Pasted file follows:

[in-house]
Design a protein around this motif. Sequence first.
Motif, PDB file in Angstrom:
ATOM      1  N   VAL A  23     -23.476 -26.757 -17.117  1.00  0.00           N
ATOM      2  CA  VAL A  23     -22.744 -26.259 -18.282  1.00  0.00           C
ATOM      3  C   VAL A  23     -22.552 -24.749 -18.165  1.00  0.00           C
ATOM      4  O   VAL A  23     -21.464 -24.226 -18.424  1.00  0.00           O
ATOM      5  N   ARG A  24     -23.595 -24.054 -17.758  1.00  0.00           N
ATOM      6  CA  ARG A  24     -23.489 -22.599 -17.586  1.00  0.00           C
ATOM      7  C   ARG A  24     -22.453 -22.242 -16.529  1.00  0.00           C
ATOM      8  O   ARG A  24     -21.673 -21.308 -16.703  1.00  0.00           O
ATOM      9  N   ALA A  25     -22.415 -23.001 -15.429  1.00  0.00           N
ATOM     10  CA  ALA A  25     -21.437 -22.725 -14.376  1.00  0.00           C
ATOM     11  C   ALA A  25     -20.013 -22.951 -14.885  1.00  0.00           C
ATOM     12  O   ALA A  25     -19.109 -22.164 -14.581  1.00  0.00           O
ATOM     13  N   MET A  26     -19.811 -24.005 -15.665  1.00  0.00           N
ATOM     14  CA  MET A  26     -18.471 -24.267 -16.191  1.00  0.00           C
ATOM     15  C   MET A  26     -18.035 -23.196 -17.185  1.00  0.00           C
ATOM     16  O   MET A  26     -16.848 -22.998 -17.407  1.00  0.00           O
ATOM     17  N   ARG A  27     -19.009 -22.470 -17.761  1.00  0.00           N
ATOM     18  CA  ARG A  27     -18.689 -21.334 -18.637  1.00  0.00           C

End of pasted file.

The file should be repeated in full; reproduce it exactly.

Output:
[in-house]
Design a protein around this motif. Sequence first.
Motif, PDB file in Angstrom:
ATOM      1  N   VAL A  23     -23.476 -26.757 -17.117  1.00  0.00           N
ATOM      2  CA  VAL A  23     -22.744 -26.259 -18.282  1.00  0.00           C
ATOM      3  C   VAL A  23     -22.552 -24.749 -18.165  1.00  0.00           C
ATOM      4  O   VAL A  23     -21.464 -24.226 -18.424  1.00  0.00           O
ATOM      5  N   ARG A  24     -23.595 -24.054 -17.758  1.00  0.00           N
ATOM      6  CA  ARG A  24     -23.489 -22.599 -17.586  1.00  0.00           C
ATOM      7  C   ARG A  24     -22.453 -22.242 -16.529  1.00  0.00           C
ATOM      8  O   ARG A  24     -21.673 -21.308 -16.703  1.00  0.00           O
ATOM      9  N   ALA A  25     -22.415 -23.001 -15.429  1.00  0.00           N
ATOM     10  CA  ALA A  25     -21.437 -22.725 -14.376  1.00  0.00           C
ATOM     11  C   ALA A  25     -20.013 -22.951 -14.885  1.00  0.00           C
ATOM     12  O   ALA A  25     -19.109 -22.164 -14.581  1.00  0.00           O
ATOM     13  N   MET A  26     -19.811 -24.005 -15.665  1.00  0.00           N
ATOM     14  CA  MET A  26     -18.471 -24.267 -16.191  1.00  0.00           C
ATOM     15  C   MET A  26     -18.035 -23.196 -17.185  1.00  0.00           C
ATOM     16  O   MET A  26     -16.848 -22.998 -17.407  1.00  0.00           O
ATOM     17  N   ARG A  27     -19.009 -22.470 -17.761  1.00  0.00           N
ATOM     18  CA  ARG A  27     -18.689 -21.334 -18.637  1.00  0.00           C